python – Dictionary based switch-like statement with actions – Education Career Blog

I’m relatively new to Python and would like to know if I’m reinventing a wheel or do things in a non-pythonic way – read wrong.

I’m rewriting some parser originally written in Lua. There is one function which accepts a field name from imported table and its value, does some actions on value and stores it in target dictionary under a appropriate key name.

In the original code it’s solved by long switch-like statement with anonymous functions as actions.
Python code looks like the following:

class TransformTable:
    target_dict = {}
    ...
    def mapfield(self, fieldname, value):
        try:
            {
                'productid': self.fn_prodid,
                'name': self.fn_name,
                'description': self.fn_desc,
                ...
            }fieldname(value)
        except KeyError:
            sys.stderr.write('Unknown key !\n')

    def fn_name(val):
        validity_check(val)
        target_dict'Product' = val.strip().capitalize()
    ...

Every “field-handler” function does different actions and stores in different keys in target_dict, of course.
Because Python does not support anonymous functions with statements (or did I missed something ?) the functions have to be written separately which does code less readable and unnecessarily complicated.

Any hints how to do such tasks in a more elegant and more pythonic way are appreciated.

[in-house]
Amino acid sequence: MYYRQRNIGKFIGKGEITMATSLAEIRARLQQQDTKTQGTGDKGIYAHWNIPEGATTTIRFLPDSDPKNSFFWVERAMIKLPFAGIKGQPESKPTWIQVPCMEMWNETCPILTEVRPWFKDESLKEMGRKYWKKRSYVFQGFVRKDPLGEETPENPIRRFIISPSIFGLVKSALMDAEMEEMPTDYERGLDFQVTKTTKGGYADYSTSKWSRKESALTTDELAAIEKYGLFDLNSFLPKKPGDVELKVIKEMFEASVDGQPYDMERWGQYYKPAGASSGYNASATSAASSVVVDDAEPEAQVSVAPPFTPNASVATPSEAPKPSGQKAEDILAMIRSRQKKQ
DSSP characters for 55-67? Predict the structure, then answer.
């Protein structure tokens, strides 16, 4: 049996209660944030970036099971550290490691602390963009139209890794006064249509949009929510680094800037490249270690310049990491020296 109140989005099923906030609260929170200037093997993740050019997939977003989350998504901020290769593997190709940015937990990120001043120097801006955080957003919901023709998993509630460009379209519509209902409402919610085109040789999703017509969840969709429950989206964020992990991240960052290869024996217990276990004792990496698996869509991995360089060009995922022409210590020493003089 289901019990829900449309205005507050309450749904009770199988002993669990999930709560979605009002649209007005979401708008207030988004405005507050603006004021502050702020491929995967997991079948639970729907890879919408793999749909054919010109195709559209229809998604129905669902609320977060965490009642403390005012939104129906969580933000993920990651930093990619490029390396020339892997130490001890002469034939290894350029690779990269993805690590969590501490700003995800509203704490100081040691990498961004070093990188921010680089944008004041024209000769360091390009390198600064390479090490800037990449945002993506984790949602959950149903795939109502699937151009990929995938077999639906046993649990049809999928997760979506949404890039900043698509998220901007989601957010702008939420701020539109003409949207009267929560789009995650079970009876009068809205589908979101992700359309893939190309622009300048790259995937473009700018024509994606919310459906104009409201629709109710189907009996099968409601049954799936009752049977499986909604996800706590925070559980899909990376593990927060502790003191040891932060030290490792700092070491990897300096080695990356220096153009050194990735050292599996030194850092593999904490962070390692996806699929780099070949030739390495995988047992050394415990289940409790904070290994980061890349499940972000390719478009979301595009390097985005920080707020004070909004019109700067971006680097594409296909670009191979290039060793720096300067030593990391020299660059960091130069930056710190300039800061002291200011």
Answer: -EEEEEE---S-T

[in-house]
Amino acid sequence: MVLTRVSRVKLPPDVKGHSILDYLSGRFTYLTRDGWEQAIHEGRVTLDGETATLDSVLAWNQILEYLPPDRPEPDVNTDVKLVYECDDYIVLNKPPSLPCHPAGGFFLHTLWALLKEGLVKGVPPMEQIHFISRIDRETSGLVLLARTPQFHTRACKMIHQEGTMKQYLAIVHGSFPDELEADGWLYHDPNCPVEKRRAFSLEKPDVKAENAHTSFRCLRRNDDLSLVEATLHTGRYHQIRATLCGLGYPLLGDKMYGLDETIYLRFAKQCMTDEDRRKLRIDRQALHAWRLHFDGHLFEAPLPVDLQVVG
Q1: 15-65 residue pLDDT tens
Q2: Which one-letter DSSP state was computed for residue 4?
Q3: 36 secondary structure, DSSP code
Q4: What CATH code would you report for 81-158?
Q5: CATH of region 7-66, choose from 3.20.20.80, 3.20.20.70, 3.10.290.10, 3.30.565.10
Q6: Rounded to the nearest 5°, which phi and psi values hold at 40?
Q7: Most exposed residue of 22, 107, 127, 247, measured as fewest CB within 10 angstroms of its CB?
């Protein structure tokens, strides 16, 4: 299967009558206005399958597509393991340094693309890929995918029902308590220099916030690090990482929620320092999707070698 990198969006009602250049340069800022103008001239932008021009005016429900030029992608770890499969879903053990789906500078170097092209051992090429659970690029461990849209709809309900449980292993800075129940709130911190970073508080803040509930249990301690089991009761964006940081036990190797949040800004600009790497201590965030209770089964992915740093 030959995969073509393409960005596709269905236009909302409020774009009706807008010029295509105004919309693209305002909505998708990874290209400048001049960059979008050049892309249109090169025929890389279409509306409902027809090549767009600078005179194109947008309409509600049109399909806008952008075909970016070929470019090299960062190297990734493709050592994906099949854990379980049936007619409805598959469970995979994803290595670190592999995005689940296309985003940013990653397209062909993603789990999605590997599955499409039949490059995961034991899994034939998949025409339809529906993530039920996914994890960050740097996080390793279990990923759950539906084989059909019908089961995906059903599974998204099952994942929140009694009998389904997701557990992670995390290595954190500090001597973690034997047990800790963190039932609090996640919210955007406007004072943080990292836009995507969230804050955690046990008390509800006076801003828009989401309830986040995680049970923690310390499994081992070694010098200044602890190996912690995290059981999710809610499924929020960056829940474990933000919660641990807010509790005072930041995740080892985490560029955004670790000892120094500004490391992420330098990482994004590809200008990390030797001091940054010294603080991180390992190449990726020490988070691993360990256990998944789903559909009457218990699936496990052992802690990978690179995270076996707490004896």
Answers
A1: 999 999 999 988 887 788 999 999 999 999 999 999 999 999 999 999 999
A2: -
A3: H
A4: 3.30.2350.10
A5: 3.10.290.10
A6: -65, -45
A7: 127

Thx

David

,

If by any means possible, you could name your member functions based on the field names and just do something like this:

getattr(self, "fn_" + fieldname)(value)

Edit: And you can use hasattr to check if the function exists, instead of expecting a KeyError. Or expect an AttributeError. At any rate, you should put only the access inside your try..except, and call it outside, since otherwise a KeyError caused within one of the field methods could get misunderstood.

,

I applied an approach similar to @Matti Virkkunen’a a while ago in my answer to a question titled “switch case in python doesn’t work; need another pattern“. It also demonstrates a relatively easy and graceful way of handling unknown fields. Transliterated to terms in your example it would look like this:

class TransformTable:
    target_dict = {}

    def productid(self, value):
        ...
    def name(self, value):
        validity_check(value)
        self.target_dict'Product' = value.strip().capitalize()
    def description(self, value):
        ...

    def _default(self, value):
        sys.stderr.write('Unknown key!\n')

    def __call__(self, fieldname, value):
        getattr(self, fieldname, self._default)(value)

transformtable = TransformTable() # create callable instance

transformtable(fieldname, value) # use it

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